reshoring map

4 Strategies for Reshoring – Amid Global Tensions and a Possible Covid Resurgence, SCM Pros Keep Near-shore and Domestic Options on the Table

Written by Scott Wilson

If there’s a hot topic in supply chain management circles today, it’s resilience. Even as the last entanglements and hiccups of the COVID-19 pandemic shake themselves out of the chain, new complications are coming in from the Russian invasion of Ukraine.

Executives aren’t always fast learners, but getting burnt twice is enough for anyone. Many organizations are looking for ways to not get caught out again.

In fact, a 2021 survey by Kearney found an astounding 92 percent of executives reporting that they were either considering or already engaged in reshoring portions of their supply chain operations.

Whether you are in that 92 percent or the lonely 8 percent remaining, it’s just good planning to explore your organization’s options for near-shore supply chain strategies.

You could say there are as many unique strategies for reshoring as there are companies with international supply chains. And you can be sure that everyone out there is looking for a distinct strategic advantage.

Within that larger trend, you can find four significant supply chain management strategies that any organization can adopt to start bringing operations and sourcing back closer to home.

1. Near-Shoring: Bringing Your Supply Chain Only Part Way Back to Base

Reshoring can also mean near-shoring… depending on the business, a regional shift can do as much to bring more resilience and stability to your supply chain operations as a strictly domestic relocation.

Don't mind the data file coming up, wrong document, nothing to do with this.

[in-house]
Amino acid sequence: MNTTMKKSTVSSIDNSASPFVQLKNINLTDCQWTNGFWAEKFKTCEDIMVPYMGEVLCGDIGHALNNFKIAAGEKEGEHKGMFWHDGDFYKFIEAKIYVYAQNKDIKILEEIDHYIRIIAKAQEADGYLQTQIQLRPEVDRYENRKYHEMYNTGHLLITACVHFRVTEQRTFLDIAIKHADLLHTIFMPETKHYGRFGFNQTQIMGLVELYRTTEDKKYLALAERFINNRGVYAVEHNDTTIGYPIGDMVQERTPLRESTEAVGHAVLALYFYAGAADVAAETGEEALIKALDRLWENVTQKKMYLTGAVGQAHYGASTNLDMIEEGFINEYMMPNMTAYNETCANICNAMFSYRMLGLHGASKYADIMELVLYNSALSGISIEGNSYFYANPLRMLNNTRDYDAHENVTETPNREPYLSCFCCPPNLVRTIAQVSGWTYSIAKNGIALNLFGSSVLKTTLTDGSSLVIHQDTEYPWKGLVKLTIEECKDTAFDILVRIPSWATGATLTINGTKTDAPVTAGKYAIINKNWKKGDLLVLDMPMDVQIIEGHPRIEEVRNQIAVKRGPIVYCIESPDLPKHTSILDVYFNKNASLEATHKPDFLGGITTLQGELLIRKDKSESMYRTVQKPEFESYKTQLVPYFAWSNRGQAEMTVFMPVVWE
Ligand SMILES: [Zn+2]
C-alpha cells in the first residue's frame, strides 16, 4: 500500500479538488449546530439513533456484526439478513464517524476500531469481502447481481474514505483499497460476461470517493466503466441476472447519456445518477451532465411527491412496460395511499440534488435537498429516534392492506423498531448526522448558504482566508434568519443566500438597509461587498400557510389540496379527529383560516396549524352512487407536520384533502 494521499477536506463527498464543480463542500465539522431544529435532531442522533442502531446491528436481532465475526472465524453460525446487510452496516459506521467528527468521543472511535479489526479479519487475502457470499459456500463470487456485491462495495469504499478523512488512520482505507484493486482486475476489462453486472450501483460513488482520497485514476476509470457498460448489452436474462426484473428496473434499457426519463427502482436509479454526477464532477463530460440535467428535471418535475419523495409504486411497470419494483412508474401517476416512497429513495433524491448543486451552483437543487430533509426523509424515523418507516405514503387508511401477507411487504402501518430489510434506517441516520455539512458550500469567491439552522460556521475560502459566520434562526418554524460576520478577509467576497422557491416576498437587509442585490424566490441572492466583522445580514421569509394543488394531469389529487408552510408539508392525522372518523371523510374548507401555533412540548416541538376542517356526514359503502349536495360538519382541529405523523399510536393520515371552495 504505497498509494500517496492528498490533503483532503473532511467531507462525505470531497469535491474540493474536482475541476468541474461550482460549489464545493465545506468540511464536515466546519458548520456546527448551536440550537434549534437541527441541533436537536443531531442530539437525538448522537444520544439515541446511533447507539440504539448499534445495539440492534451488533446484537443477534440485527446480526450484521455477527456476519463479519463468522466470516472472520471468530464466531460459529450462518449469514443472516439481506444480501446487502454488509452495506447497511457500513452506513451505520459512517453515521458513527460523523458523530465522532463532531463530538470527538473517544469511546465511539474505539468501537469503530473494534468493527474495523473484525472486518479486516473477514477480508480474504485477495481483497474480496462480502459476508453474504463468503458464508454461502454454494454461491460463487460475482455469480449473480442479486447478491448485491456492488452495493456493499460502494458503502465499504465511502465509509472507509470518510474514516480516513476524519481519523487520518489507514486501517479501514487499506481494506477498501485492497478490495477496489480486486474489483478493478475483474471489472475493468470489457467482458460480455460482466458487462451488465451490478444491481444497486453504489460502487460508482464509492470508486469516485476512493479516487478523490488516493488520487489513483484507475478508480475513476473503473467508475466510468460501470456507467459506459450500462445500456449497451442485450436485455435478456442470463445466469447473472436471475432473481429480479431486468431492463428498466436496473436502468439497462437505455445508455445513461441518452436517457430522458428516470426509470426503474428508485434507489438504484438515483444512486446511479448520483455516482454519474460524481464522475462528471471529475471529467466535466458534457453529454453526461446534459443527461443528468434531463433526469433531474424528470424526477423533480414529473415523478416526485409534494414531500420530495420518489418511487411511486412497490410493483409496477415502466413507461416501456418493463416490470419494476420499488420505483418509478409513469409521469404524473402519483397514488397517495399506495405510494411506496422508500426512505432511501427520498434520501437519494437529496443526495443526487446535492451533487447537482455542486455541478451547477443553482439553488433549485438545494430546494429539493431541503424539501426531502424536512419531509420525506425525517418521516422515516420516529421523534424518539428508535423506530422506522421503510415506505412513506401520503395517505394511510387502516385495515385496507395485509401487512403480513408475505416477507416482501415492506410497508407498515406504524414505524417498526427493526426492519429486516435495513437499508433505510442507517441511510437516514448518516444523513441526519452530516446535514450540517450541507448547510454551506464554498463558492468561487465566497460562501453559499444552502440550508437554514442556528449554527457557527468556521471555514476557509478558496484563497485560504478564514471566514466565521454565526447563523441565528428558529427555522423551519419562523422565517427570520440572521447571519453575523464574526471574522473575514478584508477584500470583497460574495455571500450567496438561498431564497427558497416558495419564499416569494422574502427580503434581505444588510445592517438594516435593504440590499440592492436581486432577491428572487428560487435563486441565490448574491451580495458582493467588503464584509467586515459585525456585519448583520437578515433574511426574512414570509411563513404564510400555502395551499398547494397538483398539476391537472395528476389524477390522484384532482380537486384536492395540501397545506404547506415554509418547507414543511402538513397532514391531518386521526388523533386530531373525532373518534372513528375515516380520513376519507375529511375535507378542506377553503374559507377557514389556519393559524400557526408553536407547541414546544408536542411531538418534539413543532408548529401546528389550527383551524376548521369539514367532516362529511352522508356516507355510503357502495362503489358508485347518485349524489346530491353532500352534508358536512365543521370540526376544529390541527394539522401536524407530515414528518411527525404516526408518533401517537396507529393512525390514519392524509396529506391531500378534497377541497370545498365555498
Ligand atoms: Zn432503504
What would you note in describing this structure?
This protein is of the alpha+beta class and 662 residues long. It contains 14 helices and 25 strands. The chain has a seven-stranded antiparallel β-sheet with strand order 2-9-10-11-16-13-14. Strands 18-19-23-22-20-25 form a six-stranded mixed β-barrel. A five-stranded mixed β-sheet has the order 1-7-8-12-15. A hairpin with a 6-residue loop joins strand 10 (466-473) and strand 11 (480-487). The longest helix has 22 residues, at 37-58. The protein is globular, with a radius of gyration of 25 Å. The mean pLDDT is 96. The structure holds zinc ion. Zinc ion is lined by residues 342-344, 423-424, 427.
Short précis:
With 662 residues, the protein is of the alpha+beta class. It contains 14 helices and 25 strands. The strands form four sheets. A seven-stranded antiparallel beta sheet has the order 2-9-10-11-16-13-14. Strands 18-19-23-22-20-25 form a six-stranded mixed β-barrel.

So many organizations aren’t so much bringing supply chain operations back home as closer to home. Setting up operations in traditional partner countries like Canada or Mexico may have advantages over bringing them back to the United States.

Around 95 percent of the wiring in a 787 Dreamliner is produced in Mexico.

2. Adding New Suppliers Without Quitting the Ones You Already Have

The Kearney survey teased out more subtle strategies than just wholesale reshoring.

Even though around half of respondents had already been bringing some sourcing and operations back to the States, everyone recognizes it would be totally untenable to expect domestic suppliers to cover all sourcing for all materials all the time.

Instead, companies focused on using near-shore capacity as an addition to their overseas supply chains. It’s a path that both opens up options while mitigating risk.

For supply sourcing that is readily available and not excessively expensive, domestic and near-shore options can provide surge capacity, with the option to shift over entirely if overseas chains get strained.

3. Conducting a Piece-Meal Reshoring Strategy

For some companies, it might make most sense to bring home certain parts of the supply chain, but not others.

It’s rare, but some resources may actually be available domestically at competitive prices. Those are an easy option to reshore entirely.